Wired has a story about GoodMail, a service that charges the sender of emails and guarantees that they will get through the spam filters provided by ISPs. Amongst the services backing GoodMail are AOL and Yahoo.
With GoodMail, organisations pay US$0.0025 (i.e. a quarter cent) for each email. The amount has been designed to be affordable to senders, but a disincentive for spammers. About half the fees go to the ISP, the rest, presumably, to GoodMail. So the ISPs have an incentive to sign up to the GoodMail service.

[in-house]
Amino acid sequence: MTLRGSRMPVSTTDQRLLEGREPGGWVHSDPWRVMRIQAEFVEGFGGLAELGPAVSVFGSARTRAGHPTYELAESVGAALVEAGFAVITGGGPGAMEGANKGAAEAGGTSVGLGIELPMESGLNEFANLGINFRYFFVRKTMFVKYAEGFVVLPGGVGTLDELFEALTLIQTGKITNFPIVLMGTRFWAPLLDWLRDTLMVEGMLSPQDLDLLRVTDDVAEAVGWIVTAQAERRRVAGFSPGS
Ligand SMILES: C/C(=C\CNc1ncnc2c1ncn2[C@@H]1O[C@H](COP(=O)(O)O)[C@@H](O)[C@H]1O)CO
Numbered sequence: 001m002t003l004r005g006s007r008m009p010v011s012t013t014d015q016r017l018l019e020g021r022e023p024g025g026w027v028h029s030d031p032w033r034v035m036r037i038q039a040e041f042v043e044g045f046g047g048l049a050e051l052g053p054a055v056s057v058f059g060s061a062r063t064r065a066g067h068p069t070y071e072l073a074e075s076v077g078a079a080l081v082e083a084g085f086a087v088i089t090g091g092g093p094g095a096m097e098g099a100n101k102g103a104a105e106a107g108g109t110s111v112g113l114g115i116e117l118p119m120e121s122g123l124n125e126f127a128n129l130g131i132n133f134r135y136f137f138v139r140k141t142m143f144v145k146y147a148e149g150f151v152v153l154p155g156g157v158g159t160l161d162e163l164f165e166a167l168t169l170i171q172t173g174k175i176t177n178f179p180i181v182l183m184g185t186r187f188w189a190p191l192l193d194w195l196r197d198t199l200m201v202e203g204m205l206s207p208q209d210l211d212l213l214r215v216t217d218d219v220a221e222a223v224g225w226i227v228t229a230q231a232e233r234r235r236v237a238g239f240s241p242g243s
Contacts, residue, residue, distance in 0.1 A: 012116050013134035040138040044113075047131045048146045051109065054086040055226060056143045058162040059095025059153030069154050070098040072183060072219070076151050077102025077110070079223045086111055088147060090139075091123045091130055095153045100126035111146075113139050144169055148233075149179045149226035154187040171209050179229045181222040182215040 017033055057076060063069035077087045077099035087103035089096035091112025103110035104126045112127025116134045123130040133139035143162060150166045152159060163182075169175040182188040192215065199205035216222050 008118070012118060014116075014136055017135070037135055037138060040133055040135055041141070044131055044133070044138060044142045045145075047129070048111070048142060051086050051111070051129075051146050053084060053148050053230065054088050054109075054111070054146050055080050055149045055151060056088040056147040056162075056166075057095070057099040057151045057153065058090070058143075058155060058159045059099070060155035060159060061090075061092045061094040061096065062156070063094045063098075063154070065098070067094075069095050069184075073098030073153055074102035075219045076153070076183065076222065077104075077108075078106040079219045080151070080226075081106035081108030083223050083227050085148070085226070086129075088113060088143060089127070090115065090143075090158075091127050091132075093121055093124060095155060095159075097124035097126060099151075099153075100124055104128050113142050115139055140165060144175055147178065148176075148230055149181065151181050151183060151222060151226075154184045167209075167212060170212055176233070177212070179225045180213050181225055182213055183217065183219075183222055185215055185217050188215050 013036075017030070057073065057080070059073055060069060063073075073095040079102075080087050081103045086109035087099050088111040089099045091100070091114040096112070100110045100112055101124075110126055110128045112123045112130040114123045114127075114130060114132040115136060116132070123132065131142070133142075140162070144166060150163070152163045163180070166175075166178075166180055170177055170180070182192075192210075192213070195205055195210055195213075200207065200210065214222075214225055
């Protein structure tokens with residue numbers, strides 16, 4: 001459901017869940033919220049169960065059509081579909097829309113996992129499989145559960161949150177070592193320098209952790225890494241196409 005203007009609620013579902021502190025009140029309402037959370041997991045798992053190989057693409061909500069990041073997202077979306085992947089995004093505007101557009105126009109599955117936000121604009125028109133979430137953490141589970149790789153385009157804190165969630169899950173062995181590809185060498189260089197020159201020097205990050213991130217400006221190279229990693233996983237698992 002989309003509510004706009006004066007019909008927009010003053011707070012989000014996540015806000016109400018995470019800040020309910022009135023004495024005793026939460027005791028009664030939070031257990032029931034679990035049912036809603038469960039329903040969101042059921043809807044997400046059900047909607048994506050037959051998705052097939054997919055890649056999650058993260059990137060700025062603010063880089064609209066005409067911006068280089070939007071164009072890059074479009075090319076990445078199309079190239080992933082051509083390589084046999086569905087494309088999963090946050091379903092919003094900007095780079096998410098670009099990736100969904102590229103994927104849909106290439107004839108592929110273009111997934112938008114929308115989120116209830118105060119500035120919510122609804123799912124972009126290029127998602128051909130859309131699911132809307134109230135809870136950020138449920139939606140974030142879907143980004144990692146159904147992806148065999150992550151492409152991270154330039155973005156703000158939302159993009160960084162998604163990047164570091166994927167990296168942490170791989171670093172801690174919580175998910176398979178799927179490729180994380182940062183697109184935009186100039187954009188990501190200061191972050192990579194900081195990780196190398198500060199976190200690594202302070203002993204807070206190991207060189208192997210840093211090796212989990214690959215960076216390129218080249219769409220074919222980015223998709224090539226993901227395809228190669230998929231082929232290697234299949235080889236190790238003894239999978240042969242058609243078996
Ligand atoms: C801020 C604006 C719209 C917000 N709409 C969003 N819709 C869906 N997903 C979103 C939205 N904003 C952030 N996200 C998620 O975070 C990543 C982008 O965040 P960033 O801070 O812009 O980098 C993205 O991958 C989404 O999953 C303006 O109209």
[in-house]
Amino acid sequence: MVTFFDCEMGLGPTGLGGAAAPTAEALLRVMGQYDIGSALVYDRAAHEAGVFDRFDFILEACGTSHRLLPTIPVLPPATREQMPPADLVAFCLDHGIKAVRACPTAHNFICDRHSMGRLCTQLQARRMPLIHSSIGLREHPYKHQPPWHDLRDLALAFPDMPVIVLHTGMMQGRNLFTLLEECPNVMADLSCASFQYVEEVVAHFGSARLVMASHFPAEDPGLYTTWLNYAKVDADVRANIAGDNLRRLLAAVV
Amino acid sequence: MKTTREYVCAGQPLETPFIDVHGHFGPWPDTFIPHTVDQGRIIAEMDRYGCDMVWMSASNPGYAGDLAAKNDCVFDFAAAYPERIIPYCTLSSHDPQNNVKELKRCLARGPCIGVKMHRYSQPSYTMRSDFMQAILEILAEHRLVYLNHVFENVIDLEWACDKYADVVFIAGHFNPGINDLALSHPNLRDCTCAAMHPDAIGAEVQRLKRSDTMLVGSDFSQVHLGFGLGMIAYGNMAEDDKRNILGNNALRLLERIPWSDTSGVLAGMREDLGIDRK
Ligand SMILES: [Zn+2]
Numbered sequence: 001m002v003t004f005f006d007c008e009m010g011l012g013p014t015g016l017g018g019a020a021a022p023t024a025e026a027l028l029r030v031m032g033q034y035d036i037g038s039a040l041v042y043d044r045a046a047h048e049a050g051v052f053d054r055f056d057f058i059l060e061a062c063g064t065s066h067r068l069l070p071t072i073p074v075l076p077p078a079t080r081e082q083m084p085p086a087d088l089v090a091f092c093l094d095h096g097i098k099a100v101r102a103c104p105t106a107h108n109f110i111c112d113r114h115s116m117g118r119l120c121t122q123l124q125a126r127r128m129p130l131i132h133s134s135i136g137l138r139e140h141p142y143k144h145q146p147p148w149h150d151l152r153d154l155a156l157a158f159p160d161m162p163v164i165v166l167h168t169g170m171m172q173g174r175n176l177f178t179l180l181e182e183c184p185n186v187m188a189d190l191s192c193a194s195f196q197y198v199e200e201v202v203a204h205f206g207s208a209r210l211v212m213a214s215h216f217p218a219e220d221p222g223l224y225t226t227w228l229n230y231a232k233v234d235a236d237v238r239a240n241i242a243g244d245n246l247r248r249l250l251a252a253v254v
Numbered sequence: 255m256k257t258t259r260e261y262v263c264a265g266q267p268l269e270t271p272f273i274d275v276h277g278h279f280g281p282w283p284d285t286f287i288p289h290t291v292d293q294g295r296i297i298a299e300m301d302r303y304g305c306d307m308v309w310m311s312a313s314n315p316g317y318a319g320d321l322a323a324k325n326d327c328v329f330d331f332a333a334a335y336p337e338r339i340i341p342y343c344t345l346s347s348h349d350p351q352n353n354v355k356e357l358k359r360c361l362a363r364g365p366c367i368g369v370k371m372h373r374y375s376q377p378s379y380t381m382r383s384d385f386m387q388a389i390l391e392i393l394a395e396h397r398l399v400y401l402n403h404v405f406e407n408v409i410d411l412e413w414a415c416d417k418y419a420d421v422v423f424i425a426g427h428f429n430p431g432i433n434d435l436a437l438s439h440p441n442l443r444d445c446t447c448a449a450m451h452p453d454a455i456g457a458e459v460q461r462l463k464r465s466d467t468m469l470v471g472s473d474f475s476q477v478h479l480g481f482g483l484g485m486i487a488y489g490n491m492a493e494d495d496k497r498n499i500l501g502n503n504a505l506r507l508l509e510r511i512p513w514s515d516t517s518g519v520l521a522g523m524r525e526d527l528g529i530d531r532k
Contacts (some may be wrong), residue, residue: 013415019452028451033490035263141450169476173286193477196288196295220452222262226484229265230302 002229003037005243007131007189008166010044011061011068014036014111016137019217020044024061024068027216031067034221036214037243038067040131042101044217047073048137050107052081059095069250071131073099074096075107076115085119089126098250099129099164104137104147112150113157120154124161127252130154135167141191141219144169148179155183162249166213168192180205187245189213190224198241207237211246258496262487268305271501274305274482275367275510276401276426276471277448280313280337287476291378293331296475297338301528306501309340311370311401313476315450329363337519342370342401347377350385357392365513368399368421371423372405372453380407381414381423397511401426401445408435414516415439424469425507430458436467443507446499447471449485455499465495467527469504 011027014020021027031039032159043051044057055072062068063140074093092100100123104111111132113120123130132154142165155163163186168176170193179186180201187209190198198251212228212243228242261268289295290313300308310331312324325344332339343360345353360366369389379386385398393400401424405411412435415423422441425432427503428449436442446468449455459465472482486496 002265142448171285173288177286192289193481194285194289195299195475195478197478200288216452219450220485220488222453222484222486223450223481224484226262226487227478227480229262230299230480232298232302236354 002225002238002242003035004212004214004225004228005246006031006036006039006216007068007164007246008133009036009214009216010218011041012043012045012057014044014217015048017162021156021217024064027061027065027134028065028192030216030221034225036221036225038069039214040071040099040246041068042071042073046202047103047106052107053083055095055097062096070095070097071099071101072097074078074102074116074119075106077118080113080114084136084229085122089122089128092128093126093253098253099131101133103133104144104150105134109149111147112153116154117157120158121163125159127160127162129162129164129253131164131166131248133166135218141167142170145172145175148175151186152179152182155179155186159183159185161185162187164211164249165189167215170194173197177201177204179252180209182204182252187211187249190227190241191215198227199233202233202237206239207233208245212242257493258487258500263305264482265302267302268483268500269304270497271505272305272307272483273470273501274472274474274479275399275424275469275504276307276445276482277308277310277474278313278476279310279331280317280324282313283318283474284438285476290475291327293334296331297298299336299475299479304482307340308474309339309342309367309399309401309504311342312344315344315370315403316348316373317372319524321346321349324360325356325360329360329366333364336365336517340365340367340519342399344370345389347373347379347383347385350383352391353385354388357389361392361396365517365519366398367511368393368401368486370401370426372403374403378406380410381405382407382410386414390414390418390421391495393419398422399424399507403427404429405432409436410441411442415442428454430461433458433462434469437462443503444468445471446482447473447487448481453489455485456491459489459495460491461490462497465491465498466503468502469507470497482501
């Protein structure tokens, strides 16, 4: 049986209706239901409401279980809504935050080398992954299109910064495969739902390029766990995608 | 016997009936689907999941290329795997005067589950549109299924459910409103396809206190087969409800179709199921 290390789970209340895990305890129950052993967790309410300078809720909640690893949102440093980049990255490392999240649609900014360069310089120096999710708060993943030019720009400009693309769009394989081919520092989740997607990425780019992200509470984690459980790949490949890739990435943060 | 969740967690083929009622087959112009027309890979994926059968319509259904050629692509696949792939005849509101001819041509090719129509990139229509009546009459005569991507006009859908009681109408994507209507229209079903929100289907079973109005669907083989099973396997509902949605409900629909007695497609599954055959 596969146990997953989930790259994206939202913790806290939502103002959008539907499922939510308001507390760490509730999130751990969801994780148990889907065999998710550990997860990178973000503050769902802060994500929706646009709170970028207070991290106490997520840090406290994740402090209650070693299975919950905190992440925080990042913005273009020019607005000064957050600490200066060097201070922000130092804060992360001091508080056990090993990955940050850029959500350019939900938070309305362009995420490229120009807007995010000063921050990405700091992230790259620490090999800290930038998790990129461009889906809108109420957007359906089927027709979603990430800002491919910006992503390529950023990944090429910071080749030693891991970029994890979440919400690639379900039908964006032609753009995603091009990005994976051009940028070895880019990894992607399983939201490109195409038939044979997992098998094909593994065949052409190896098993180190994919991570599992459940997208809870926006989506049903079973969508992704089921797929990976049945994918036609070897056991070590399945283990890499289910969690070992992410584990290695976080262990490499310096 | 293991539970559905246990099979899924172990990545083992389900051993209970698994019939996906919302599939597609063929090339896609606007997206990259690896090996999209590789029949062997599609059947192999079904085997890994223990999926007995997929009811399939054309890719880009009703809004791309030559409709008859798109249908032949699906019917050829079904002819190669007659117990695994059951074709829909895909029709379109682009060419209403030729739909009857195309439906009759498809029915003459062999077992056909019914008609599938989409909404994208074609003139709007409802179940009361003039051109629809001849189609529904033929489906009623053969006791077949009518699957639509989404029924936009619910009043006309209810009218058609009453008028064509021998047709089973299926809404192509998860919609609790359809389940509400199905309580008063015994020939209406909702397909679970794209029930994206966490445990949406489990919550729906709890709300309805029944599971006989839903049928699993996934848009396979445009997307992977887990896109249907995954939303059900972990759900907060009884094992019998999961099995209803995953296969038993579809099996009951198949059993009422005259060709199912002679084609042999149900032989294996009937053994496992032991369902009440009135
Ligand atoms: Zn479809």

Individuals and companies will still be allowed to send emails for free, but it is expected that there will be an increasing risk that ISPs' spam filters will block them – especially if the ISPs have a financial incentive to block free email.
It looks as though the days of free email are limited, with a cost implication for online access panels. However, a sample of 400 respondents might mean 2000 invitations, which would add US$5 to the total price, a price worth paying if it means that spam is reduced.